I have been talking about using LinkedIn groups to promote your blog. I normally pick up an average of one hit per LinkedIn group within the first 24 hours. Then I continue to pick up random hits for the next 6 months or so. That is an average, so obviously, some LinkedIn groups generate several hits and some generate very few, if any. What I have learned to do (out of paucity of time) is to only post to those groups that give me a pretty good return for my time investment.
I’ve mentioned college alumni groups as a good source of traffic. I also find that company alumni groups generate pretty good traffic. I belong to the TI Alumni Group and the Philips Alumni Group. In many cases, there is more than one group for large companies. Choose the larger group.
You can promote just about any blog topic on alumni groups. For other groups, the closer your post is to the core of the group, the better your success rate is going to be. Posting tips on finding a job will generate more hits on “Job & Career Network” than it will on “Future Trends.”
Posting frequently helps to generate traffic. Once people have discovered that your blog is worth reading, they are more inclined to return. However, don’t expect most people to return to your blog without a reminder. Greg Satell (Digital Tonto) is one of my favorite bloggers, but I rarely go to his blog on my own. 90% of the time, I go to his blog in response to seeing a post on LinkedIn.
Do not “misunderestimate” the importance of a good title for each post. “What I Learned About Social Media from the Communists” will attract a lot more traffic than “Promoting Your Blog…the easy way.”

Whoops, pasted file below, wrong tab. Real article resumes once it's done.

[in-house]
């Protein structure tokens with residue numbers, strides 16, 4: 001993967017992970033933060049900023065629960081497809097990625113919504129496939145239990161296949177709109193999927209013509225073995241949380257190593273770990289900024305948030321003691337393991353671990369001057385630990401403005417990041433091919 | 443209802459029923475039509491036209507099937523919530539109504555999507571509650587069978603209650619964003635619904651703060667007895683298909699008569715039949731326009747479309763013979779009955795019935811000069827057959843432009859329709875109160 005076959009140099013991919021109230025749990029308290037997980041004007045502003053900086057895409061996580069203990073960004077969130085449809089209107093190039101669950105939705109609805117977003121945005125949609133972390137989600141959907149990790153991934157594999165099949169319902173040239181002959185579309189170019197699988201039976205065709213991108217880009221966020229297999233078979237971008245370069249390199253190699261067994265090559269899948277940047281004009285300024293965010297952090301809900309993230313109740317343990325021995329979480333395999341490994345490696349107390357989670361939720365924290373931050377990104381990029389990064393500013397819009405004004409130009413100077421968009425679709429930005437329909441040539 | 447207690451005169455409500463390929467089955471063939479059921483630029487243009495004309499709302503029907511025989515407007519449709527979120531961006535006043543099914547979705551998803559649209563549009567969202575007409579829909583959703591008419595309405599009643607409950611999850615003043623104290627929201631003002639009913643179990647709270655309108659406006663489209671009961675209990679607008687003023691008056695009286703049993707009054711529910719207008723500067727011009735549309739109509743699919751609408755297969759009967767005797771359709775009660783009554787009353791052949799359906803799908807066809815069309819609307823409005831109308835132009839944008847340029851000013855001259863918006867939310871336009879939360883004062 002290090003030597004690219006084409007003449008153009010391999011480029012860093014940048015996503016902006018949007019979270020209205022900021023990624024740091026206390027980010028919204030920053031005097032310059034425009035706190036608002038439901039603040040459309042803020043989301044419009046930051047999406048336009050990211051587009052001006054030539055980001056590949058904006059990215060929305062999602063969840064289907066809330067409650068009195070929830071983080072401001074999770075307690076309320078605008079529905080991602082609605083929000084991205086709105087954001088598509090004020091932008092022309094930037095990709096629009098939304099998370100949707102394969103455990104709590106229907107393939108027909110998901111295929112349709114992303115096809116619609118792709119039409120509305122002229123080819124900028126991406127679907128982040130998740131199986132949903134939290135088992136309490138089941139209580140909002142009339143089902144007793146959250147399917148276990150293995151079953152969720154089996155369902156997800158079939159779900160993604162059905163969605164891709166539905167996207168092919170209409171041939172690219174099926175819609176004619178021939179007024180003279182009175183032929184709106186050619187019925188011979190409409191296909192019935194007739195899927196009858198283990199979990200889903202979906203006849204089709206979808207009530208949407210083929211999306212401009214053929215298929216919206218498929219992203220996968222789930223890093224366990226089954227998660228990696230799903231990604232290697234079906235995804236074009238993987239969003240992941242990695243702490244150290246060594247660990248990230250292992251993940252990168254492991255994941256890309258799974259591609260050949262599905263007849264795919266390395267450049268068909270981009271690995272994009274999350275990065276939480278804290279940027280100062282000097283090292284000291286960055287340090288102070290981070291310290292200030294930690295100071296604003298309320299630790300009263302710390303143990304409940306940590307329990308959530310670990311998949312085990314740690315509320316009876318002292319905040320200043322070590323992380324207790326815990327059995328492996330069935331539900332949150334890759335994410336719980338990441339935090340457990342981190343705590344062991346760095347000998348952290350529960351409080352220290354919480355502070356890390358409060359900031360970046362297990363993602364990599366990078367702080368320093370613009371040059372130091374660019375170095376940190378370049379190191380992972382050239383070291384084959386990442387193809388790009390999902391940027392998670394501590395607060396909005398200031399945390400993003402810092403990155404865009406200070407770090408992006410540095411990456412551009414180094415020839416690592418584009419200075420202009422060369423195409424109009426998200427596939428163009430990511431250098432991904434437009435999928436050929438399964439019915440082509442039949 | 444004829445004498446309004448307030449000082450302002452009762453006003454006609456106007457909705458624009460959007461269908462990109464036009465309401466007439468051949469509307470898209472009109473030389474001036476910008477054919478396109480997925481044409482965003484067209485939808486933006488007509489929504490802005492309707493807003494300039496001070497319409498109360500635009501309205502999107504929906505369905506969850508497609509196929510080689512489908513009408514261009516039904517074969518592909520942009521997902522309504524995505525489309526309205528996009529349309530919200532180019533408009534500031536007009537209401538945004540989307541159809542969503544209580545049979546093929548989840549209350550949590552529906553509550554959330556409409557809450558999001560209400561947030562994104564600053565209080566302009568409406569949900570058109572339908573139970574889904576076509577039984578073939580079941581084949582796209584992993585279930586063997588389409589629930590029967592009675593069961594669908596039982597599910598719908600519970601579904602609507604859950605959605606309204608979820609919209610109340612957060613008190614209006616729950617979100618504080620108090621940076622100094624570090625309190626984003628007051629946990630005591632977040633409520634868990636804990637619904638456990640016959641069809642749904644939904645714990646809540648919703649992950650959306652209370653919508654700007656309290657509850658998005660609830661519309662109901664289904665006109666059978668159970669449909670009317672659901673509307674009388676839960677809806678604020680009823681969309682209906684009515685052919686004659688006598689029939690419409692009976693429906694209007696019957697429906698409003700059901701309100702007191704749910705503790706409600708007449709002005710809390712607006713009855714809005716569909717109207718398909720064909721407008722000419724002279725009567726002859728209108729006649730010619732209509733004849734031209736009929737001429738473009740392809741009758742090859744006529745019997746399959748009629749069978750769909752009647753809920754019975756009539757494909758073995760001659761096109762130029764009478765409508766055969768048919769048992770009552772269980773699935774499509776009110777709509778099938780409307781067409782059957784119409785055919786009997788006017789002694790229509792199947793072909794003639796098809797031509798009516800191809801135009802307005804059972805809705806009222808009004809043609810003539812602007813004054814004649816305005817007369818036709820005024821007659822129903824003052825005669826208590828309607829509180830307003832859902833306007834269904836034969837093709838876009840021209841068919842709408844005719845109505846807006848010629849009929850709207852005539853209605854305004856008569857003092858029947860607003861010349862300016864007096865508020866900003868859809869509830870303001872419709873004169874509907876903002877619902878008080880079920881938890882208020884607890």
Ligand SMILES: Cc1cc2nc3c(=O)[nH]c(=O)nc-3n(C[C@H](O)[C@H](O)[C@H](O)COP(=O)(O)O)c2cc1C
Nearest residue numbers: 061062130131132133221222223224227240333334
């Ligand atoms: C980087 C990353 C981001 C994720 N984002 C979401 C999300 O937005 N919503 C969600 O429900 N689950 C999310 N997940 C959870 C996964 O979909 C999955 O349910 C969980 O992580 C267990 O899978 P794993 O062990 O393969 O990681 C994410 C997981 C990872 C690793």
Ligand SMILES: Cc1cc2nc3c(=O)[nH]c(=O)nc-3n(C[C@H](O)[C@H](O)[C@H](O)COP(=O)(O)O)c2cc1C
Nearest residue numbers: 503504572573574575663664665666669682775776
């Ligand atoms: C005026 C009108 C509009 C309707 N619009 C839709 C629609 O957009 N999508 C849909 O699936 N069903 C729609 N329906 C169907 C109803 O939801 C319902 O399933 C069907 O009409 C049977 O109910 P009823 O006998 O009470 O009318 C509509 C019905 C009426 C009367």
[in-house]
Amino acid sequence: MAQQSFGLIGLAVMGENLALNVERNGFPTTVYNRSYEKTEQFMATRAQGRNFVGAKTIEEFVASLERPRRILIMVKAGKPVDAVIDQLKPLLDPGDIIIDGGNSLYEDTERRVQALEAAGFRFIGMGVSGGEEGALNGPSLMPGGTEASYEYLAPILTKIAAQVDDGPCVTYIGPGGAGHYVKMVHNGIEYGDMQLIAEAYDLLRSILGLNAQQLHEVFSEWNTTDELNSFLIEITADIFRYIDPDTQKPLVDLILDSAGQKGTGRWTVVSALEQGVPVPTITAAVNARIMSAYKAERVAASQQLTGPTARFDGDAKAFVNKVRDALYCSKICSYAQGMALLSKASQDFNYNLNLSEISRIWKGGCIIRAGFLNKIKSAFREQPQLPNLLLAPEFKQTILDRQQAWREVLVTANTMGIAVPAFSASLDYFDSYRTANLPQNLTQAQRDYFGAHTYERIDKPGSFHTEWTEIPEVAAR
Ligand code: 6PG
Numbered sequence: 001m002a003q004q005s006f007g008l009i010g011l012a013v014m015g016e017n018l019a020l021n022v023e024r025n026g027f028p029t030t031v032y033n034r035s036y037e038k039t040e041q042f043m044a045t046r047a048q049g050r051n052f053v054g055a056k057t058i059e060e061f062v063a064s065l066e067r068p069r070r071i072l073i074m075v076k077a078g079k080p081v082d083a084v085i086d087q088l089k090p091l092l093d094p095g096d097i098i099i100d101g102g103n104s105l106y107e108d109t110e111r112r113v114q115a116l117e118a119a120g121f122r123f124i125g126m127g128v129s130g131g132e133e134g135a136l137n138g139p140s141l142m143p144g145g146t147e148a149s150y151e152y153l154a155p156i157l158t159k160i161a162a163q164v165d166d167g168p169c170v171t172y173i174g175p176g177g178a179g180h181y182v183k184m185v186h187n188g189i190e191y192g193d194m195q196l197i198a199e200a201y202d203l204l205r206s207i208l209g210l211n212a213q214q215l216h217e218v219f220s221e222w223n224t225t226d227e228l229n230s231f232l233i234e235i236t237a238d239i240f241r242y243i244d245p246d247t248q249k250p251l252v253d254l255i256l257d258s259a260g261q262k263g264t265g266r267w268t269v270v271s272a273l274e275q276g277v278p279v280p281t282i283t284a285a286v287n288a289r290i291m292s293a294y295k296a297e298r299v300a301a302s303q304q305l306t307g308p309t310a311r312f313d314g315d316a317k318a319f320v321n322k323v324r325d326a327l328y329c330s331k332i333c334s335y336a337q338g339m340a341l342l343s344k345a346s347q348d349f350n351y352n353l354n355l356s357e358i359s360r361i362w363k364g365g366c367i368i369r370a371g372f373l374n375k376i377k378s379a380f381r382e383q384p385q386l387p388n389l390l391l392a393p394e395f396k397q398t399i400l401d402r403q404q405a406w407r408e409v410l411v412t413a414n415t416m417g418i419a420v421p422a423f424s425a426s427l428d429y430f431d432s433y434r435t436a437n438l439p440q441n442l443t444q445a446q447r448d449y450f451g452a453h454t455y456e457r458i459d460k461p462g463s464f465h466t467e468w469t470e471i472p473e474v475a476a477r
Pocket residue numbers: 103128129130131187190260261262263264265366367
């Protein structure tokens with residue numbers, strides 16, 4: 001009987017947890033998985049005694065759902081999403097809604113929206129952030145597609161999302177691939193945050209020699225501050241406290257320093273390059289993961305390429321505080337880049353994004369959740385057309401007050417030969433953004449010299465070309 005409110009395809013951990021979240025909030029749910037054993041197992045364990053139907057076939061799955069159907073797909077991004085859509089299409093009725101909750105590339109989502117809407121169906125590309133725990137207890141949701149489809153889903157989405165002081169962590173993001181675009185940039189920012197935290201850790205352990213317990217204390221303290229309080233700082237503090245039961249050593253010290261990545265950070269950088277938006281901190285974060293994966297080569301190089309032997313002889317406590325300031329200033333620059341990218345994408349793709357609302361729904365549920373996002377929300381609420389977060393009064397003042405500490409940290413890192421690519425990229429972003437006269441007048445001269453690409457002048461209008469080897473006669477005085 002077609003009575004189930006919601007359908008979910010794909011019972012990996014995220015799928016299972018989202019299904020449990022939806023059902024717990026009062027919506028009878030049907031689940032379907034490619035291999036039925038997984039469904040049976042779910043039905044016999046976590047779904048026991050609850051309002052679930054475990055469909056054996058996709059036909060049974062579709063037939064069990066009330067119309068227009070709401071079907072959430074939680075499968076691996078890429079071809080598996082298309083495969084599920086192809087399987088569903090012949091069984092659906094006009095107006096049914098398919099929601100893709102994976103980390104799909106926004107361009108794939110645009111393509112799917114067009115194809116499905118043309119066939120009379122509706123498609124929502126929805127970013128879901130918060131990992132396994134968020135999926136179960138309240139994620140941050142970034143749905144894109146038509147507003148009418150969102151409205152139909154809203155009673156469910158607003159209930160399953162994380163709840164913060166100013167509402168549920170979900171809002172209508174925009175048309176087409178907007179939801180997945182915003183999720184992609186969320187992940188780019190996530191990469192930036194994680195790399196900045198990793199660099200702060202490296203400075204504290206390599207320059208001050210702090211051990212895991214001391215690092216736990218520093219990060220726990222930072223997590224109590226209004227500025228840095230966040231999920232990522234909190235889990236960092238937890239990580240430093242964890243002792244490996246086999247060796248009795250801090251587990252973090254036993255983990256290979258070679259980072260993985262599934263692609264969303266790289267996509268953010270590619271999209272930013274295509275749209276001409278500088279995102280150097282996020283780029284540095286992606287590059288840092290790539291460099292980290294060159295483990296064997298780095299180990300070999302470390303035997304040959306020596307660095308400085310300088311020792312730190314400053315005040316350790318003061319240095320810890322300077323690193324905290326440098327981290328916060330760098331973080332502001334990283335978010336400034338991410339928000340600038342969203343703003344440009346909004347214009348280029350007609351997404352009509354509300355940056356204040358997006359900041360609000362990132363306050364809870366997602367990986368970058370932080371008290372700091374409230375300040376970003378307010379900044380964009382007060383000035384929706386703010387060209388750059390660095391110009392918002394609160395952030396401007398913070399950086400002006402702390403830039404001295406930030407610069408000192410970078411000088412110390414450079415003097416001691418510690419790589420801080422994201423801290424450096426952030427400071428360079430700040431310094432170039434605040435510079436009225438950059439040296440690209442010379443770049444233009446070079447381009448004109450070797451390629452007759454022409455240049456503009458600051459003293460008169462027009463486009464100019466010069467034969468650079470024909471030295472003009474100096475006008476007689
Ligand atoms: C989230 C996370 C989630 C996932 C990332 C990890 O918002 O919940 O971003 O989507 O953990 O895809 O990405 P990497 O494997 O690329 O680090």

And finally, the more you blog, the more traffic you are going to get. Over time, people will find you. You will eventually cover topics that more and more people will be interested in. Also, if someone enjoys your blog today and returns in a week, they will be motivated to keep returning if the content is always fresh.
Additionally, frequent blog updates improves your SEO (the ability of search engines like Google to find you). In the post JC Penney scandal era (where Penney fooled the Google search engine), you will find SEO tricks to be less effective. However, just the shear bulk of words will increase the chances of you being found. If I blog today about Twitter…. then my blog will be found when people google “Twitter.” If I blog next about Facebook, my blog will be found when people search for “facebook.” If I use Shakespeare as an illustration, my blog will be found when…. If I mention The University of Texas…. If I quote a “Bushism”…. you get the point.
For example, I posted something about changes to the English language between the early Renaissance, when Geoffrey Chaucer wrote, and the late Renaissance, when William Shakespeare wrote. Every week, I get several hits from people who googled “Chaucer and Shakespeare.” I had no clue that anyone ever googled “Chaucer and Shakespeare.”
But one last thing I want to pass along. This is something you will probably overlook unless you are an SEO expert. When you put an image in your blog, the image will have a name. It might be “photo1.jpg” or something equally non-descriptive. You are missing one more chance to get found. If you will name your photo something related to your blog, it will help you get found.
For example, I published a post where I used some “Bushisms” to make a point. Well, Bushisms and Palin-isms; “misunderestimate” and “refudiate.” To my surprise, I get hits every week from people who google both terms. But I was also getting hits from people who google “Strategery.” I was baffled since I did not use the word “strategery” anywhere in my post. It was only when I notice that the photo I used in my blog post was called “bush-strategery.jpg” did I realize that the title of the photograph was generating traffic to my blog.
So here you are, becoming more SEO savvy and you don’t have to know a word of html code to do it.